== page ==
Addrenex Pharmaceuticals Inc., founded 18 months ago to develop a sustained-release formulation of clonidine, recently complemented that program with additional compounds aimed at the adrenergic system, which is believed to play a role in a wide range of diseases, from hypertension to post-traumatic stress disorder.
Earlier this month, the start-up firm in-licensed a library of nearly 400 compounds from UNeMed Corp., the technology transfer arm of the University of Nebraska Medical Center. Those compounds target adrenergic receptors, or docking sites on cells that react with the hormone adrenaline and hormone/neurotransmitter noradrenaline.
Both of those are secreted by adrenergic pathways and are "active throughout the body and centralized in the brain," said Moise Khayrallah, CEO and co-founder of Research Triangle Park, N.C.-based Addrenex. "When the adrenergic system gets dysfunctional, [it] can contribute to a wide range of medical conditions."
Compounds from the University of Nebraska specifically target alpha-2 adrenergic receptors, which have been implicated in hypertension, attention deficit hyperactivity disorder (ADHD), postmenopausal symptoms, pain, aggression, sleep disorders and PTSD, Khayrallah said. "We'll be working on determining which compounds specifically target those receptors," with plans to move those compounds into preclinical and clinical development.
"We want to try and bring at least one of the compounds we licensed from the University of Nebraska into the clinic by the end" of 2008, he told BioWorld Today, adding that the goal "should be feasible" given that two of the compounds already have been tested in the clinic in nasal decongestion and migraine.
Under the terms of the licensing agreement, Addrenex agreed to pay milestones and future royalties on any product sales. Specific terms were not disclosed.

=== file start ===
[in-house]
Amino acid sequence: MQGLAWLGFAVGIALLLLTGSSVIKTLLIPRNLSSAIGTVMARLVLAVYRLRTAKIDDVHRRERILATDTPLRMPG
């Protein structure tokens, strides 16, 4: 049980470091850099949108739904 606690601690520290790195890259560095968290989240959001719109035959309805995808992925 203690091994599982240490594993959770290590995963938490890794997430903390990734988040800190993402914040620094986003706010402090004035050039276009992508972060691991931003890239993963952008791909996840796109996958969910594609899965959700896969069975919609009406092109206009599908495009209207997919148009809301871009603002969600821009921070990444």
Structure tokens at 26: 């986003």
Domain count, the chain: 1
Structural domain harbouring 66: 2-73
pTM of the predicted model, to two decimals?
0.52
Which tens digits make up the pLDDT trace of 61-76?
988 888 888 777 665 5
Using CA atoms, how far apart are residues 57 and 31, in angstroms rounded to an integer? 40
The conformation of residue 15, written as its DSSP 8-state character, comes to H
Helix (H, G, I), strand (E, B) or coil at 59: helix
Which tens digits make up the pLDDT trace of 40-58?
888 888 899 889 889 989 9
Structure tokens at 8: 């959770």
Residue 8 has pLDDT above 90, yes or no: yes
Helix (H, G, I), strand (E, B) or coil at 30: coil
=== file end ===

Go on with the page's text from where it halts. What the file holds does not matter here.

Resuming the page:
With the addition of the university's portfolio, the company hopes to "come at the adrenergic pathway from a variety of angles," Khayrallah said, adding that it "fits well" with the company's work to date on Clonicel, a sustained-release version of clonidine developed by Addrenex co-founder Joseph Horacek.
Clonidine is a direct-acting adrenergic agonist that is approved for hypertension, though it's also used off-label for ADHD. "It's been useful" in that indication, Khayrallah said, but side effects, such as drowsiness, lightheadedness, dizziness and constipation, tend to limit its usage.
Horacek, a board-certified physician in neurology and psychiatry who runs a Charlotte, N.C.-based practice primarily treating children, developed the extended-release formulation "that is just as useful, but also safer," Khayrallah said.
Addrenex intends to develop Clonicel for both hypertension and ADHD. Since clonidine already is approved for hypertension, the company will make short work of filing a new drug application in that indication, expected in 2008, with approval coming in "late 2008 or early 2009," Khayrallah said.
In October, the company started a Phase III trial of Clonicel in ADHD, "and we're getting ready to launch a second Phase III," he said.
To date, funding for Clonicel work has come from the company's seed/angel investments of $700,000, plus a $6 million payment from Atlanta-based Sciele Pharma Inc., which licensed marketing rights to the product in July. In that deal Sciele also will pay up to an additional $11 million in milestones, plus royalties on product sales.
"So we've made quite a bit of progress with limited funding," Khayrallah said of Addrenex, which has "tried to stay small and nimble," with four full-time employees and roughly a dozen contract or part-time employees.
"We will need to raise funds" to support work on the newly in-licensed compounds, either from partnerships or other sources, he said, adding that we "would prefer the partnership route."
Addrenex has no plans to expand into the commercialization arena at this time, choosing instead to hand over marketing rights to bigger firms.
"Our aim is to stay a development-stage company," Khayrallah said. "That's where our expertise lies."